• Currency: The monetary unit is the peso Cubano. The official exchange rate is US$1=1 peso. Watch out for pre-1962 peso notes, which are no longer valid. There are notes for 3, 5, 10 and 20 pesos, and coins for 5, 20 and 40 centavos and 1 peso. You must have a supply of 5 centavo coins if you want to use the local town buses (20 or 40 centavos) or pay phones (very few work). The 20 centavo coin is called a peseta. In 1995 the government introduced a new freely ‘convertible peso’ on a par with the US dollar, with a new set of notes and coins. It is fully exchangeable with authorized hard currencies circulating in the economy. Remember to spend or exchange any pesos convertibles before you leave the country as they are worthless outside Cuba.
  • Exchange: As a result of currency reforms the black/street exchange rate fell from 130 pesos Cubanos = US$1 in May 1994 to 20 pesos = US$1 in May 1997 and it has stayed at around that level since then. Official Casas de Cambio (CADECA) rates fluctuate between 19-23 pesos to the dollar and there is now virtually no black market. The ‘peso convertible’ is equal to the dollar and can be used freely in the country. Cubans are allowed to hold US$ and to have a bank account. There will be very little opportunity for you to spend pesos Cubanos unless you are self-catering or travelling off the beaten track. Food in the markets (agromercados), at street stalls, on trains, books, popular cigarettes, but not in every shop, can be bought in pesos. You will need pesos for the toilet, rural trains, trucks, food at roadside cafeterías during a journey and drinks and snacks for a bus or train journey. Away from tourist hotels, in smaller towns there are very few dollar facilities and you will need pesos for everything. Visitors on pre-paid package tours are best advised not to acquire any pesos at all. Bring US$ in small denominations for spending money. US dollars are the only currency accepted in all tourist establishments.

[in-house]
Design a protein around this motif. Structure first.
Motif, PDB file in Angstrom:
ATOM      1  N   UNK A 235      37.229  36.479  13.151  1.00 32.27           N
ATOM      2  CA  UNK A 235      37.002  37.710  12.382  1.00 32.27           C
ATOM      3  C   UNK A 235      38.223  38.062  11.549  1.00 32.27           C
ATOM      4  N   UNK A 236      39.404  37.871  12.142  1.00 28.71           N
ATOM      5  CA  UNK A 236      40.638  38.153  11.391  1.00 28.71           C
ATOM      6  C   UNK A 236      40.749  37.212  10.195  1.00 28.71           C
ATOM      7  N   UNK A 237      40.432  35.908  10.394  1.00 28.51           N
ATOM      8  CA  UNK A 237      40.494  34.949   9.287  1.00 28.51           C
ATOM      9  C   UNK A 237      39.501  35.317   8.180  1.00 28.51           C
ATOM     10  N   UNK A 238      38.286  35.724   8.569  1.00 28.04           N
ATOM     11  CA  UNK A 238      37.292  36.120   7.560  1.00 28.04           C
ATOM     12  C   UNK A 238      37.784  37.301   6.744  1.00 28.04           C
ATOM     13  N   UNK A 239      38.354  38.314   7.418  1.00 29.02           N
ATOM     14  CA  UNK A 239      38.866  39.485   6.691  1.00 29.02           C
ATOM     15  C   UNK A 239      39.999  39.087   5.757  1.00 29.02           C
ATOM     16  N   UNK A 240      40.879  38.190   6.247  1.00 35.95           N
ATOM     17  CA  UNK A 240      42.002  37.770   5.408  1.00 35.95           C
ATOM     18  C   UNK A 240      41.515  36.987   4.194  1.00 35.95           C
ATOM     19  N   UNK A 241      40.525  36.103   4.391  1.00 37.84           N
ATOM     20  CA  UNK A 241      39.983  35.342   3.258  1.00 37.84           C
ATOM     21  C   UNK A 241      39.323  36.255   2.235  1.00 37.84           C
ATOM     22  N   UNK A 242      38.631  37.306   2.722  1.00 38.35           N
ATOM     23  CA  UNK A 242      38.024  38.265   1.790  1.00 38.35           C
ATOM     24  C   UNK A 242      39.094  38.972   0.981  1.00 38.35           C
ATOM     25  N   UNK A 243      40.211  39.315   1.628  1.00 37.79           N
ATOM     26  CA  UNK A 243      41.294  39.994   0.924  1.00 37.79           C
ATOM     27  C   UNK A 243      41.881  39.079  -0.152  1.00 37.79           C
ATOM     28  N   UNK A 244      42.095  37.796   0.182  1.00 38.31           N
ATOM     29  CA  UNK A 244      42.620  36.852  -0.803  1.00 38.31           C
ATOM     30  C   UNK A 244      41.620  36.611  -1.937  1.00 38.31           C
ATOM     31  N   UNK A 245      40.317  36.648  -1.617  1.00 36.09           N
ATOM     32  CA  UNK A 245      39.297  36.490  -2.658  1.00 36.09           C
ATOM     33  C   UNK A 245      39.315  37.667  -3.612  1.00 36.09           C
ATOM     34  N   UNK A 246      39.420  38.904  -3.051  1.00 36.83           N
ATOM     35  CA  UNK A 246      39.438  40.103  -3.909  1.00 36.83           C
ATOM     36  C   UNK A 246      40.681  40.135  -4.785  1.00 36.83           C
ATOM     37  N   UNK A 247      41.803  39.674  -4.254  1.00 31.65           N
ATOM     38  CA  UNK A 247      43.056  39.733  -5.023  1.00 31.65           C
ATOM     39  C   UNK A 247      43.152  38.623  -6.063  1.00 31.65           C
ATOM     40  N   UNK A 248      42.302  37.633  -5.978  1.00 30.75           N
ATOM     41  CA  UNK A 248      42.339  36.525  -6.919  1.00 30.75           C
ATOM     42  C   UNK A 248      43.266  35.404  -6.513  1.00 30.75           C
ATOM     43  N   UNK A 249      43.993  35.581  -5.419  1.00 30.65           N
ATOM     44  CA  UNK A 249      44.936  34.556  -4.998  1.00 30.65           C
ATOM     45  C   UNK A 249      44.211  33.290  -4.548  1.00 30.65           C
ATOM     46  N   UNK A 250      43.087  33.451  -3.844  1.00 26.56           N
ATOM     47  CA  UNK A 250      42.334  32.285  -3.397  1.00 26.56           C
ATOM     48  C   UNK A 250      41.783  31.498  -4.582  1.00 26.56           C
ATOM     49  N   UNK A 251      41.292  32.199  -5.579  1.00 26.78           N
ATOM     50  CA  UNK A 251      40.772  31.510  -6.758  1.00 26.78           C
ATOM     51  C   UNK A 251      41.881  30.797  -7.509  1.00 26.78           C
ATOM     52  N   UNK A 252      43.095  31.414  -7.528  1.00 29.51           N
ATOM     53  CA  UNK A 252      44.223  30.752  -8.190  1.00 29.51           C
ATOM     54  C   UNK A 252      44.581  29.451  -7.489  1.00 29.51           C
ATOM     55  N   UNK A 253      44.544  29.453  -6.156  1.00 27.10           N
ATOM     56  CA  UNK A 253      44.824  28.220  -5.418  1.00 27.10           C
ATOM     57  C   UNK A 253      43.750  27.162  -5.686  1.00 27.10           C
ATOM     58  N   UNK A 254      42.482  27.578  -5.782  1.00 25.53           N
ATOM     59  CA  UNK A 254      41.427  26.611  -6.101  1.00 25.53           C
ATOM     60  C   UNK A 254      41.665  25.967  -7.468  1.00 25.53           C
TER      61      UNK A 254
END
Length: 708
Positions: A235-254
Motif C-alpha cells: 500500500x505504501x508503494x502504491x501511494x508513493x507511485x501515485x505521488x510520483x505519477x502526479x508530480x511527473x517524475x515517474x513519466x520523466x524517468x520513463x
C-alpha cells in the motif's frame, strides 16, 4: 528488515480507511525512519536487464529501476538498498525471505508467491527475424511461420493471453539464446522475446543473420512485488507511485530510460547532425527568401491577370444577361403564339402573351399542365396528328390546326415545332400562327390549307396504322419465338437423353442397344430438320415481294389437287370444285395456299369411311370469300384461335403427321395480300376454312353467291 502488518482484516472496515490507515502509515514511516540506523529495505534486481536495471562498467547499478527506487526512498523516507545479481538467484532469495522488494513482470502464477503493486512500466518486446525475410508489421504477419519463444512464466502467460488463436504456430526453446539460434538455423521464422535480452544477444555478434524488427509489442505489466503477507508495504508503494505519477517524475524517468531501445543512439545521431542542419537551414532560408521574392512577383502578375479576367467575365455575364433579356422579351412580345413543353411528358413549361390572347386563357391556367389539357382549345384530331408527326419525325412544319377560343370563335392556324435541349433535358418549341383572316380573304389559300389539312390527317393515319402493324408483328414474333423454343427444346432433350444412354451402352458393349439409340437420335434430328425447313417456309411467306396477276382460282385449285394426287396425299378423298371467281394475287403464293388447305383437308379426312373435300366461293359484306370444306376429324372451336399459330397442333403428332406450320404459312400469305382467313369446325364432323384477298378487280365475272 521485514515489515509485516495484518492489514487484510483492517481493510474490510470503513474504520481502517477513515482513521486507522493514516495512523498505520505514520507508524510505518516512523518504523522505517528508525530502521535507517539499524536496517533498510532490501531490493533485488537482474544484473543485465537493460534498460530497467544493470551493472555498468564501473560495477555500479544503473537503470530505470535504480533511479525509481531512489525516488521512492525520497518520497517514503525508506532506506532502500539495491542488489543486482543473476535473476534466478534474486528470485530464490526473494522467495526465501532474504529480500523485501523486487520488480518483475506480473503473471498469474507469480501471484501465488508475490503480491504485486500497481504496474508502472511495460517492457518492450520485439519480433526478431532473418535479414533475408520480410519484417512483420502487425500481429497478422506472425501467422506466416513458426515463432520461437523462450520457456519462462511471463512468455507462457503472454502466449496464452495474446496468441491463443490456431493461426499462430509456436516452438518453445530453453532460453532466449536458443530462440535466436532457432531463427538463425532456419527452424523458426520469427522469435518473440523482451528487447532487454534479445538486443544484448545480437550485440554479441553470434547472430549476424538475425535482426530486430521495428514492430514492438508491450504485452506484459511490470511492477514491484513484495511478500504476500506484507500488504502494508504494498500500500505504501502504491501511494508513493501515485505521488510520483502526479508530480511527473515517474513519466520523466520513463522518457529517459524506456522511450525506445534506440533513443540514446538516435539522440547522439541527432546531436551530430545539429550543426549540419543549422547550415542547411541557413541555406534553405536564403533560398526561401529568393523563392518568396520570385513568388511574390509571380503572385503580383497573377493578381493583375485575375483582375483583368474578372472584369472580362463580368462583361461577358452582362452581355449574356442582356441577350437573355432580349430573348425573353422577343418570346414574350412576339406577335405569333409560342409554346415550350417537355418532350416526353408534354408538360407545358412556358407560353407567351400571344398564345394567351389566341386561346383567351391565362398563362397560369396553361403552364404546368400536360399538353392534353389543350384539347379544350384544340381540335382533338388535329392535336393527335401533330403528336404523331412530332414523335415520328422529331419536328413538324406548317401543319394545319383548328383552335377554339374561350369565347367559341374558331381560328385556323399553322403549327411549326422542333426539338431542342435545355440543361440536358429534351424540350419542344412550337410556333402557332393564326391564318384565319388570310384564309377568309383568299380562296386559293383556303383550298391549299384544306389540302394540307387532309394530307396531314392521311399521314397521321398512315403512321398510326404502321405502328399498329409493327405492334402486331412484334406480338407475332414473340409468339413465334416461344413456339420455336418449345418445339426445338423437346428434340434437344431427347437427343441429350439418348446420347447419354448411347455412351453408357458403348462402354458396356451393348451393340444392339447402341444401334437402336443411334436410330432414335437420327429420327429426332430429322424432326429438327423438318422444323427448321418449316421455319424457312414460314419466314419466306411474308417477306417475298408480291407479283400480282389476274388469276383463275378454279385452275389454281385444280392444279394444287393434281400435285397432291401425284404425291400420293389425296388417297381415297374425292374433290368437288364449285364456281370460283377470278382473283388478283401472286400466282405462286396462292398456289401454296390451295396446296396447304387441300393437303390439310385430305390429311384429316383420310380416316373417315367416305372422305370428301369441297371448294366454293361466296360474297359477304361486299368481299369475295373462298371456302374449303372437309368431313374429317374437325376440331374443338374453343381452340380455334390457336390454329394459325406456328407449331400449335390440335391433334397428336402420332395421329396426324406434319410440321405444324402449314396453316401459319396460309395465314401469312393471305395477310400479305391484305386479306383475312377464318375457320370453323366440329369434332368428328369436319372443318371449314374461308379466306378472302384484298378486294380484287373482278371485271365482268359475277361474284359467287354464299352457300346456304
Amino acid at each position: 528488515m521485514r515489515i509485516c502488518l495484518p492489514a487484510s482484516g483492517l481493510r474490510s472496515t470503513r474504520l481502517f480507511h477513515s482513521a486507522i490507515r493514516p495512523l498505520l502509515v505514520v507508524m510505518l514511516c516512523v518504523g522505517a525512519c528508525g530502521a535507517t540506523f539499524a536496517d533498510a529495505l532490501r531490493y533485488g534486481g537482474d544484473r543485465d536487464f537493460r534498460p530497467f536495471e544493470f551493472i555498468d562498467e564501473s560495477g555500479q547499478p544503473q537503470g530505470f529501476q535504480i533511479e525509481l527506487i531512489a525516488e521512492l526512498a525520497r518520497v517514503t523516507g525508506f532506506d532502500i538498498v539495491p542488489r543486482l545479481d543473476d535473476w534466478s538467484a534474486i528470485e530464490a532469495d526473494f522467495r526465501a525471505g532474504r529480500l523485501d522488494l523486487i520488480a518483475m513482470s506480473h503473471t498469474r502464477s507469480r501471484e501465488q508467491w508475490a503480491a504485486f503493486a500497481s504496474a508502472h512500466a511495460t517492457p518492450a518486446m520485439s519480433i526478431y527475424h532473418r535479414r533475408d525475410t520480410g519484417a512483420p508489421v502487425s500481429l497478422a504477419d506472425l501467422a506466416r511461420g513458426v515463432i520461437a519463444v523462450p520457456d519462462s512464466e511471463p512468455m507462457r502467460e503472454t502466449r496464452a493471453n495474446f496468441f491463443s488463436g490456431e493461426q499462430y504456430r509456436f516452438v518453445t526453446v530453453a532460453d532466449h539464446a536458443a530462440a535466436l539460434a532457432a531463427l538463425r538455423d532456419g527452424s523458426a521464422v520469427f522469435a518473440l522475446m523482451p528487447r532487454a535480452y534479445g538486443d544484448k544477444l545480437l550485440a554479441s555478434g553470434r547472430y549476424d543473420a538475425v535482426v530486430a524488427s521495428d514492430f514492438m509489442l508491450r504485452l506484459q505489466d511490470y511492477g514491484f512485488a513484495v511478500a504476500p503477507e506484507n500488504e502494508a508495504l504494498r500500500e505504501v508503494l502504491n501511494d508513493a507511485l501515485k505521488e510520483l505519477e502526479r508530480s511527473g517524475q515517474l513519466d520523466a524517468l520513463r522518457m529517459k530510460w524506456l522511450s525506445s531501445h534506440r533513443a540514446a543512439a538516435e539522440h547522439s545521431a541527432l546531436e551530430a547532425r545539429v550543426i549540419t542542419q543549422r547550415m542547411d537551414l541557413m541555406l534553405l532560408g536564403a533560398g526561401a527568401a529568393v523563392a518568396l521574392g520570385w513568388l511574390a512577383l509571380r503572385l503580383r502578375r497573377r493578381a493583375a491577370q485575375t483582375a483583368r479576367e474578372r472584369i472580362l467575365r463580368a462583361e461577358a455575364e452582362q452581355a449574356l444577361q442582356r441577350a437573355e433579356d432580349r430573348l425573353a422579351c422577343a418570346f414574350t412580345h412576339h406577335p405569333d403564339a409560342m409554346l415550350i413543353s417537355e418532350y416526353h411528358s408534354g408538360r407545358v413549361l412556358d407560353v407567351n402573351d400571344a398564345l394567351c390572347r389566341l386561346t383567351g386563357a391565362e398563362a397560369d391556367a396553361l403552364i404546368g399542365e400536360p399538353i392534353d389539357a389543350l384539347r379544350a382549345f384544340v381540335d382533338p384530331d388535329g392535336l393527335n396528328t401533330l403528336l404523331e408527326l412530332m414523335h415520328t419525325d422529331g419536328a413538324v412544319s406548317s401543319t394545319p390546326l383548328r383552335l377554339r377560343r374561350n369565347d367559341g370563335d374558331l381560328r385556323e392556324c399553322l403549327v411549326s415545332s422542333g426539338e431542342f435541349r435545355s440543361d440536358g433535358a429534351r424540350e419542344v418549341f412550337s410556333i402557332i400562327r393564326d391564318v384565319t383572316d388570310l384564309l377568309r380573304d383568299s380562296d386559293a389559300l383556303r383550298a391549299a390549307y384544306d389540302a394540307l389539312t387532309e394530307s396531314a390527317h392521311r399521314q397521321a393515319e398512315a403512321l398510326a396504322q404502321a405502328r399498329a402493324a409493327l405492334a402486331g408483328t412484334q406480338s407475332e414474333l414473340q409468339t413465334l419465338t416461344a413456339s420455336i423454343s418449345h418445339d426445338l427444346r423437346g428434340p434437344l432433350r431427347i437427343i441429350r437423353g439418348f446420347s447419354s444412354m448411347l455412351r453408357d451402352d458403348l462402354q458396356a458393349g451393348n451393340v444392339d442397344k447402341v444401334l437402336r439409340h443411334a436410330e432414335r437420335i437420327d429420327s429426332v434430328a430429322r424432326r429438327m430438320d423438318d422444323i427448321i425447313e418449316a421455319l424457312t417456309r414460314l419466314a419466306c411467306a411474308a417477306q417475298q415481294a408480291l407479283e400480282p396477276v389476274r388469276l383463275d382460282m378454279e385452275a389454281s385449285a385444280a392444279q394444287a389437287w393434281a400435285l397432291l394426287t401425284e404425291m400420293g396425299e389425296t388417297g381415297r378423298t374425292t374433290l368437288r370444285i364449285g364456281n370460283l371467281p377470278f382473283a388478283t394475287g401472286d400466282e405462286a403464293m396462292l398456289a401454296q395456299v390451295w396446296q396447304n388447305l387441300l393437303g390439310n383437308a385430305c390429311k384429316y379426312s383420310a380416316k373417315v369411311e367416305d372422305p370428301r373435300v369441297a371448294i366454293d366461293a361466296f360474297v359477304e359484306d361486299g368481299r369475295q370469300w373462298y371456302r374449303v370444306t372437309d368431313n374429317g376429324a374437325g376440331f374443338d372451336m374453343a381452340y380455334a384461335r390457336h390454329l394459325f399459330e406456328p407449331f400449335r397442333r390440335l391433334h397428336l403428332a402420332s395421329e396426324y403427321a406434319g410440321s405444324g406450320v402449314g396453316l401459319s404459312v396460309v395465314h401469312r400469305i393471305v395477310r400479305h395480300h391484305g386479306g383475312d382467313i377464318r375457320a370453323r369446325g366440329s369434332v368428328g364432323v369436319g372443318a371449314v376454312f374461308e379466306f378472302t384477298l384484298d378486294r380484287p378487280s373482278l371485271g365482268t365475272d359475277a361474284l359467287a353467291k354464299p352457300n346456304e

• Travellers’ Cheques: Expressed in US or Canadian dollars or sterling are valid in Cuba. Travellers’ cheques issued on US bank paper are not accepted so it is best to take Thomas Cook or Visa. Commission ranges from 2-4%. Don’t enter the place or date when signing cheques, or they may be refused. There are banks and CADECAS (exchange houses) for changing money legally. Non-dollar currencies can be changed into dollars. Commission charges vary widely between banks and can be different from one town to the next, or even on different days of the week. Visitors have difficulties using torn or tatty US dollar notes.
  • Credit Cards: The following credit cards are acceptable in most places: Visa, MasterCard, Access, Diners, Banamex (Mexican) and Carnet. No US credit cards are accepted so a Visa card issued in the USA will not be accepted. American Express, no matter where issued, is unacceptable. A master list of stolen and rogue cards is kept at the Habana Libre and any transaction over US$50 must be checked there; this can take up to three hours. You can obtain cash advances with a credit card at branches of the Banco Financiero Internacional and several other banks, but it is best to bring plenty of cash as there will often be no other way of paying for what you need. For Visa or MasterCard problems go to Av 23 entre L y M, Vedado, or phone the credit card centre on T344444, F334001. If you get really stuck and need money sent urgently to Cuba, you can get money transferred from any major commercial bank abroad direct to Asistur (see Tourist Information) immediately for a 10% commission.